FRAGMENTS thought to be of a pre-Norman church connected with St Edward the Confessor’s Chancellor, Regenbald, and with links to the royal House of Wessex, are being verified after they were discovered under a medieval parish church in Somerset.
The remains beneath the Grade II* St John the Baptist, Frome, in Bath & Wells diocese, are thought to be those of a Saxon structure founded by St Aldhelm in 685, and described by the historian William of Malmesbury, in the early 12th century, as a stone church larger than the Saxon royal chapel at Bradford on Avon. He wrote: “Stat ibi adhuc et vicit diuturnitate sua tot secula”: “It stands there, still surviving the centuries.”
In May, archaeologists surveying St John’s for the installation of a new floor in the nave found the footings of a corner and lengths of stone wall which suggested a building about ten metres long and four metres wide, with a slightly lower floor level than the later medieval church.
Until now, the exact location of the Saxon church was unclear. One 19th-century writer placed it in a village near by, and stones in the grounds turned out to have Victorian foundations.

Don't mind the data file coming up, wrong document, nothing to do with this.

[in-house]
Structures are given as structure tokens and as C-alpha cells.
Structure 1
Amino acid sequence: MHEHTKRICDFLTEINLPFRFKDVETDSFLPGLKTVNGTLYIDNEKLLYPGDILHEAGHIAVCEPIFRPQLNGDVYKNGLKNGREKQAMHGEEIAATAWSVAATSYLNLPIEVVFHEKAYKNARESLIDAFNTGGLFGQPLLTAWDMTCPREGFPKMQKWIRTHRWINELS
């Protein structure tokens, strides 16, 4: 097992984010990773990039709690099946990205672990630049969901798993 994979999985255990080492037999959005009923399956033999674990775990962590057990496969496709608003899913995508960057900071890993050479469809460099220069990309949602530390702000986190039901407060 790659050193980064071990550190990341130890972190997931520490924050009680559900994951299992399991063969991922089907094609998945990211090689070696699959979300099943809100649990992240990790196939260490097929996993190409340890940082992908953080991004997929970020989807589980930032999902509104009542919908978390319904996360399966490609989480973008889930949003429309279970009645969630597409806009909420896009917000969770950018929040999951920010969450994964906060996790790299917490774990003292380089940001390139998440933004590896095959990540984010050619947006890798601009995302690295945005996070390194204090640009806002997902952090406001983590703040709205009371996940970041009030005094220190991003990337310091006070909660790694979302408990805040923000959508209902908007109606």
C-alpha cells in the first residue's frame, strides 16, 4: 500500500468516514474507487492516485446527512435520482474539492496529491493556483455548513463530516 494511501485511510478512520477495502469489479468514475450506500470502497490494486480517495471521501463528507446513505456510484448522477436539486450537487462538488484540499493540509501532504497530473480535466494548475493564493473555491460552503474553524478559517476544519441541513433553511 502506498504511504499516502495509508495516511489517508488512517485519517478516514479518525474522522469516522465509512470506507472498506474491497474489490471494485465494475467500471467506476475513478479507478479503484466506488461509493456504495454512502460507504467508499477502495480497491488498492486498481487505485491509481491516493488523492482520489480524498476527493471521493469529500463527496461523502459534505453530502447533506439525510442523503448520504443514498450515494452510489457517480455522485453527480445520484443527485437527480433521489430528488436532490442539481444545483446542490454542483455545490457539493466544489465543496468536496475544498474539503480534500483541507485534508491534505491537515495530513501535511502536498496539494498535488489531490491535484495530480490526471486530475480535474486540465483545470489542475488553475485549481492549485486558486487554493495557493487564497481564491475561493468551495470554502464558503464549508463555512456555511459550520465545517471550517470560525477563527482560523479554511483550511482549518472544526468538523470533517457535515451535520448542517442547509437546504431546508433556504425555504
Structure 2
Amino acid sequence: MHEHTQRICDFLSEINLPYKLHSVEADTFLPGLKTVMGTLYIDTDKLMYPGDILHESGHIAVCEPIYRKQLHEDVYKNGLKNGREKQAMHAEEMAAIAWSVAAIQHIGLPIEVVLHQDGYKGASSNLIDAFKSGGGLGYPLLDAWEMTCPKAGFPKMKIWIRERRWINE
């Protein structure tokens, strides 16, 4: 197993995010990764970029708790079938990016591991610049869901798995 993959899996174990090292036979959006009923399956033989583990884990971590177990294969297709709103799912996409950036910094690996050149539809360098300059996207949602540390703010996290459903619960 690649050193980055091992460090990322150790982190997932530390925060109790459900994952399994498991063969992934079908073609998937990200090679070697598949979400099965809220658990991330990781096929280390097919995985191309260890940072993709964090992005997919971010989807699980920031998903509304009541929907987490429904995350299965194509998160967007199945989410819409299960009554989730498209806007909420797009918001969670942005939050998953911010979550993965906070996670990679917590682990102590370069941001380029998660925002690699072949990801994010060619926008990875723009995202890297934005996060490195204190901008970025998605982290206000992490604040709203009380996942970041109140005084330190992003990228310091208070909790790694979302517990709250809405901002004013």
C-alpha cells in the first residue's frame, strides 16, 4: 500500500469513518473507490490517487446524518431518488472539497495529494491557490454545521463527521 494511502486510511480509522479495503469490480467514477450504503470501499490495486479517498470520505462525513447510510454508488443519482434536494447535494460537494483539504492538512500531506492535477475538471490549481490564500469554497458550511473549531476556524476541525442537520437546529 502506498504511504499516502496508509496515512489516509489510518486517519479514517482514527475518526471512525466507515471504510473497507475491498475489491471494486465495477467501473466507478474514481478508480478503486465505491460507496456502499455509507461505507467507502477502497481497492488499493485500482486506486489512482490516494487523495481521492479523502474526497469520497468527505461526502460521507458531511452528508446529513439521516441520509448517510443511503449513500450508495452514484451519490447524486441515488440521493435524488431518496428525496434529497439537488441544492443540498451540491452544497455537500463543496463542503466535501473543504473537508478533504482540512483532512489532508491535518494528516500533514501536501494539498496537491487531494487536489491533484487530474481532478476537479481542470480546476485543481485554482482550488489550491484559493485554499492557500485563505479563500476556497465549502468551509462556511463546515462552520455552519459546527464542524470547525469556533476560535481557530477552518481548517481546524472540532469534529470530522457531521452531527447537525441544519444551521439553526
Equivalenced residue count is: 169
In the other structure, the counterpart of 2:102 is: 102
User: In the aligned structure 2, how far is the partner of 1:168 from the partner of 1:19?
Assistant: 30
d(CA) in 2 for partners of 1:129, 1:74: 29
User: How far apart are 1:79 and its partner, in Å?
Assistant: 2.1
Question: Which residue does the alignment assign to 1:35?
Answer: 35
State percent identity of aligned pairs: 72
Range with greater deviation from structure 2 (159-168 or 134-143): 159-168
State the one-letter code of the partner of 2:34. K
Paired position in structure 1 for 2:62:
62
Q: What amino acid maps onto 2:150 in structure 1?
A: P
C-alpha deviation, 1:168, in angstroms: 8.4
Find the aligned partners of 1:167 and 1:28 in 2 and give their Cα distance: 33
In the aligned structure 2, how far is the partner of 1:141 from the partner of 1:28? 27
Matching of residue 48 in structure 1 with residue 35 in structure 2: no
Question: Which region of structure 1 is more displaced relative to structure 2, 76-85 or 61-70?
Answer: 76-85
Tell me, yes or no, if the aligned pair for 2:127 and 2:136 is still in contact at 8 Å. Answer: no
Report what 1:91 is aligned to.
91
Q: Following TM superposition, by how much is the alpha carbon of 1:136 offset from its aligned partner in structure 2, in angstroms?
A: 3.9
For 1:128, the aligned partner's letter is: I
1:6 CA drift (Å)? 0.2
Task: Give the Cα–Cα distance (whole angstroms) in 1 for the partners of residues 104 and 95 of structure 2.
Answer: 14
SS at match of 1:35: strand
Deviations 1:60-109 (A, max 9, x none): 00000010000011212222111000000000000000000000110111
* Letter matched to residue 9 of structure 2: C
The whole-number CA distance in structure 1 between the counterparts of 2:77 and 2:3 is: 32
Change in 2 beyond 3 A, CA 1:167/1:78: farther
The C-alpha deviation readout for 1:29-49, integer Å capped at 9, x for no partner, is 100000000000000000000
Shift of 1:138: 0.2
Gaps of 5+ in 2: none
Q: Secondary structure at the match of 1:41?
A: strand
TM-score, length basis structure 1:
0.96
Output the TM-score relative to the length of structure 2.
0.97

The Vicar, the Revd Colin Alsbury, said: “We are confident this is something that William of Malmesbury saw. In 1120, he described it as having survived the centuries, which would have made it old even then. We have a couple of charcoal fragments which are awaiting radio-carbon dating, which we hope will give us a date.
“This was an important site. The church lands were held by Regenbald, who became Dean of Cirencester Abbey. Frome was given to the abbey, which is why, historically, I am only a Vicar; the Abbot of Cirencester was the Rector. The 1180s church was built around it by the abbot, and we think they took stone from it and recycled it to build the new church. So the corner we have found was stone they did not need.
“There are connections with the royal House of Wessex. Edington is only ten miles away, and King Edred has links to Frome.” (King Alfred defeated a Viking army in the Battle of Edington in 878.)